Realised today that in this context, "off" is taken to have two meanings – we have Days Off, and behaviour or speech also said to be off. I wondered if they were in some way related.
Got up at what turned out to be 10:30. I dithered for an hour before finally leaving to explore Kiel some more.
Fabulous day – lots of sunshine, but the chill breeze coming in off the Baltic stops it from getting too hot.
I decide to find the Irish Pub, but first to have breakfast. Hernan was thoughtful enough, when I visited in March, to introduce me to Le Buffet (where the only German I need to get a meal is "Danke Schon", which I manage comprehendably two times out of ten). I’ve missed the breakfast menu, and can’t really work out what of the current menu doesn’t have meat in it , so have a fruit juice, a coffee and a plate of pommes frittes.
After that I walk generally eastwards and northwards. I find the little lakes, and the Rathaus. In fact I find them twice, coming from different directions. Eventually I reach the Irish Pub.
I realise immediately that this place is my personal idea of Hell. And tonight is the Open Mike night. So I have to go. I could spit in the eye of Destiny, but I suspect that Destiny would only sit heavily on my head in retaliation. Anyway it’s closed until 6:00. I shan’t worry too much, just turn up with my guitar at a respectable time and see what happens.
I walk up the hill, past the I.P. to an area which has classier bars and shops than previously. It seems that in terms of classiness, Kiel shades vaguely northeastwards, low to high. Vaguely, and there’s a lot of it I haven’t seen yet, so that’s to be taken only as an interim report.
I buy a street map of Kiel in a transaction that goes swimmingly until he asks whether I want a bag and I go glassy-eyed with incomprehension.
I buy a large Latte in a cool, studenty sort of a place, with lots of fliers for events. My minimalist German does me no favours, but I manage to get my coffee, my bill settled and out of there in roughly that order.
Then I wander back House-wards, trying out what I hope is a short cut, but turns out not to be. It seems that one important detail of the city is that planners have made it as difficult as they possibly can for people on one side of town to get to the other side. One might almost imagine they were trying to keep us out or something…
I go back to the house put some clothes in to wash, and then take a couple of books to the Bambule, where I eat a pizza and read them. I’m trying to divine exactly why I brought some of these books. This particular pair were Image, Music, Text by Roland Barthes and Knots by R.D. Laing, and now I think I have some idea of why they’re on my bookshelf.
Back at the house I take a potted plant that Mariana gave me to the garden. She gave one each to Dani and me, perhaps an act of generosity, or a way of getting green living things into the Boy’s Dorm; perhaps we’re involved in a secret race to see which of us will kill our plant first. Normally I’d win something like that hands down, but now, after getting expert advice from Ruth as to what should be done (and it was a gift, after all); I decide to shuck my reputation as a herbicidal maniac and I transfer it to a larger pot (probably too large, I hope this is better than too small); which I line the floor of with stones (I vaguely remember something about that from my childhood) and then use earth from the garden to fill the pot up around the sides. I notice that the earth, which is drying in the sun, seems quite thin and grey, very dusty. Since I’m not an expert on earth, I don’t know whether this bodes ill or well for the crops.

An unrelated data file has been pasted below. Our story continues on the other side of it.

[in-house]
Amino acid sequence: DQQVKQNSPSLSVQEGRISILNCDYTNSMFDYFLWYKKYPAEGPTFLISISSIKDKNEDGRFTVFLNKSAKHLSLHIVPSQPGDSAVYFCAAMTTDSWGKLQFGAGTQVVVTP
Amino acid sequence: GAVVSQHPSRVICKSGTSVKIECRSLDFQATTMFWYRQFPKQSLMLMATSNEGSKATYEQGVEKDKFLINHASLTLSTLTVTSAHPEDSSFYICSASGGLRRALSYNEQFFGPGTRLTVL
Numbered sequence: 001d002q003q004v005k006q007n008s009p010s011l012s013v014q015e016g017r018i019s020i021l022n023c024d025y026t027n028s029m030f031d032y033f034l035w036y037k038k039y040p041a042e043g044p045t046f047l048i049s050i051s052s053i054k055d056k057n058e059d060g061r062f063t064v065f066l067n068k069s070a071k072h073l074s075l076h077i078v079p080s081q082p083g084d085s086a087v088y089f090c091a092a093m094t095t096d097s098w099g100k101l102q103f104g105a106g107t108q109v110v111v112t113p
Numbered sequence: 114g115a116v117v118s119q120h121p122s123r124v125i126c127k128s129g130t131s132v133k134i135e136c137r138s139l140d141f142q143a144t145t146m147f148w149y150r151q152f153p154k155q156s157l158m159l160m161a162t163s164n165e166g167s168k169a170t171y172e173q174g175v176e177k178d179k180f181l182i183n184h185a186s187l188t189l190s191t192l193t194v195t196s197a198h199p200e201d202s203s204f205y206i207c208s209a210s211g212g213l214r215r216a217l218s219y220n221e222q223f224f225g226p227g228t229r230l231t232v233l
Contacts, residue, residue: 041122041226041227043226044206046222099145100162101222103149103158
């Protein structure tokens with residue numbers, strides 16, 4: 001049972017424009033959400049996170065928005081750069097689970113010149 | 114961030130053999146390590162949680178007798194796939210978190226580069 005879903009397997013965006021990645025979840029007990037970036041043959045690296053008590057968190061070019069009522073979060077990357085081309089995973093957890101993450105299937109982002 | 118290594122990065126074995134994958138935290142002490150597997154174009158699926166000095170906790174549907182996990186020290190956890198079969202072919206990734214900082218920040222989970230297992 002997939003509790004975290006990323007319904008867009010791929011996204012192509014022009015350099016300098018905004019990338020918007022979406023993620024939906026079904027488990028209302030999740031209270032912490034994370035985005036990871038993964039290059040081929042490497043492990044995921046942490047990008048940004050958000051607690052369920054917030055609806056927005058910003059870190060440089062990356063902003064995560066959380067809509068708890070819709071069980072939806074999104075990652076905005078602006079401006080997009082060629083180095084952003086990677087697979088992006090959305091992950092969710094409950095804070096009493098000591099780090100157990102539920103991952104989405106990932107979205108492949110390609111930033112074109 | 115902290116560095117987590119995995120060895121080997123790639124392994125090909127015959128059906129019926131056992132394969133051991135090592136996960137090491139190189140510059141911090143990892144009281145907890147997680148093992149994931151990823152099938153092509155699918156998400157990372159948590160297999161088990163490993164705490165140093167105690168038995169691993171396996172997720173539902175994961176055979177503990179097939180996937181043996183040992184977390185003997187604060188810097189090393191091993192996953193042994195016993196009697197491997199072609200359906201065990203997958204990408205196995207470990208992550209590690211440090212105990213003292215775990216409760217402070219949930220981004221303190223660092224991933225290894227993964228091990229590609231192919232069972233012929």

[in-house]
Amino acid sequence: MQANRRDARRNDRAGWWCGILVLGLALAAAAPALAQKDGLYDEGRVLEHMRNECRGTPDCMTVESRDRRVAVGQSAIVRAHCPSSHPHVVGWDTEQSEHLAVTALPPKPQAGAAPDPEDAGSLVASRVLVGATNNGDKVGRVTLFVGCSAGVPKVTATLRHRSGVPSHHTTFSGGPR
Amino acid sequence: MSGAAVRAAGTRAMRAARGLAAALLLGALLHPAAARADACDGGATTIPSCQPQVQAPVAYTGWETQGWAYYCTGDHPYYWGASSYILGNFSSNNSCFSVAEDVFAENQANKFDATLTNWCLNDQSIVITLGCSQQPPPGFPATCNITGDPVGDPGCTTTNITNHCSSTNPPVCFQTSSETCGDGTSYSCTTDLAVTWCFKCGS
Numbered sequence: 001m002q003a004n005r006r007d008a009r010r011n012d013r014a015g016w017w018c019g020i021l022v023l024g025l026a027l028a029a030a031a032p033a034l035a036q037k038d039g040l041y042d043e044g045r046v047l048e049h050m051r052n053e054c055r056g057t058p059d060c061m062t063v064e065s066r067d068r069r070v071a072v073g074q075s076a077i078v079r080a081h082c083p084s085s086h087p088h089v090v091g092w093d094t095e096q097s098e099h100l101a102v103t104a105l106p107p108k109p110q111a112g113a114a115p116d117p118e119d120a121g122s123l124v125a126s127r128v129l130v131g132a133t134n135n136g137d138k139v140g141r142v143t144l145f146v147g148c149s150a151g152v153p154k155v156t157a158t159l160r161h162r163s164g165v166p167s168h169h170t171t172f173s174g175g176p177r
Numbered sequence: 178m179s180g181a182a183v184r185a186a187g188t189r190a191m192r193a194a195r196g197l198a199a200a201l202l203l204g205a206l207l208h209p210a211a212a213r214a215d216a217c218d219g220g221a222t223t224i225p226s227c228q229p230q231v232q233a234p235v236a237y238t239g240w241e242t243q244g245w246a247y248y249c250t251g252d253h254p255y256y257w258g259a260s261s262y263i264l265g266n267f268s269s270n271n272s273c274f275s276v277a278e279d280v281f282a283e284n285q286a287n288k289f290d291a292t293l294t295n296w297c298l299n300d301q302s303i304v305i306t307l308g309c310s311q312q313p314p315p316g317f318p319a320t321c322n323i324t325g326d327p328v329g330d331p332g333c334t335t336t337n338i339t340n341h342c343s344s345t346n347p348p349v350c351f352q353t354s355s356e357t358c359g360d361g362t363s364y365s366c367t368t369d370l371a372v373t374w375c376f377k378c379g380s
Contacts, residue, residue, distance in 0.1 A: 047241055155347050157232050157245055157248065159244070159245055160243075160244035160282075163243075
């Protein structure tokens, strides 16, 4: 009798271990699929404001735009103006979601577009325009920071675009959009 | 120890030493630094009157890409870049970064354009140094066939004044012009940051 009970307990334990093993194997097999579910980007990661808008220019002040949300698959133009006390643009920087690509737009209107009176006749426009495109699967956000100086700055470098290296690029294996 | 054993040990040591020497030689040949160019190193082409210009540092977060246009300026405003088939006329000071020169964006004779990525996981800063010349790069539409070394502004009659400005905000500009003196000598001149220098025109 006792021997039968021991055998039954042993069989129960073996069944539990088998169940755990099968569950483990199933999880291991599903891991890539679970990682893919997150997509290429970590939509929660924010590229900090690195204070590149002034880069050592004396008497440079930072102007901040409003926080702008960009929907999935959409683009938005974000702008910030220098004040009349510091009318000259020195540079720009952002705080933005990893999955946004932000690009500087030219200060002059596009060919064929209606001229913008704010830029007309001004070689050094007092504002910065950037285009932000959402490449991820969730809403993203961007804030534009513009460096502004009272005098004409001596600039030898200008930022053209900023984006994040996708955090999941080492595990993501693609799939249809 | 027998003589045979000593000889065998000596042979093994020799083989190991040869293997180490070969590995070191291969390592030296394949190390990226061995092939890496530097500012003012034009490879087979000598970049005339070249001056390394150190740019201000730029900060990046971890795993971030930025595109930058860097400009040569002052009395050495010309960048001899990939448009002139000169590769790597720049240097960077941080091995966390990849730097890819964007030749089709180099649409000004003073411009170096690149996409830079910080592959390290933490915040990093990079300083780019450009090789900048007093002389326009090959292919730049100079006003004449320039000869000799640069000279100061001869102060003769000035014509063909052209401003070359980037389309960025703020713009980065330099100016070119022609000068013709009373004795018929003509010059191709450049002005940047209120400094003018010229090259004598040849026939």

The plant is now sitting back on the window sill in a pot a couple of sizes too big for it, like a schoolboy in his September blazer. The label says that I should feed it, but I have no idea what with. Hopefully this won’t turn into Little Shop of Horrors
Then I have a shower, during which Dani and Fernando return to the house. It appears the Germans have hidden the beach again.
Now I’m preparing myself psychologically to go out and play at the open mike in the Irish Pub, and posting Day Off Part One in case I get back very late.
As Neitzsche said (according to the film Conan the Barbarian, anyway): that which does not kill you makes you stronger. I’m not sure what he has to say about that which does kill you. Hopefully I won’t find out this evening.
00:45 Yes, potted plant. It’s a peperomia, for any botanists out there. There are certainly none in here.
The Irish Pub was an experience, I have to say. It was an authentic open-mic of the kind that I know from the UK, except – and this was the touch of genius – it was not organised in any way whatsoever.
I arrived at the place at ten to nine, and asked for a grapefruit-juice-and-soda (it took me a very long time to find a soft drink I could drink pints of, and this is it. I would really not recommend drinking pints of Coca Cola, especially several pints. I have done this, so that you don’t have to); and details of the open mic (says 21:00 on the website). Apparantly they kick off at 22:30 is anyone turns up. This strikes me as very un-German, but then it is the Irish Pub. It’s an authentic Irish theme pub, which isn’t the same thing as an authentic Irish pub, The (Irish) bar staff are good, efficient and polite. I’m sort of hanging around for an hour, slowly falling asleep, almost off my barstool for a while, then I go for a walk, find the groovy cinema (or at least it looks groovy from the outside, groovier than the multiplex, anyway); and then get slightly lost. At this point, I’m almost at the point of cutting my losses and going home, but decide that I need to do this, if only because I’ve told you lot that I will, and I don’t feel like making anything up particularly.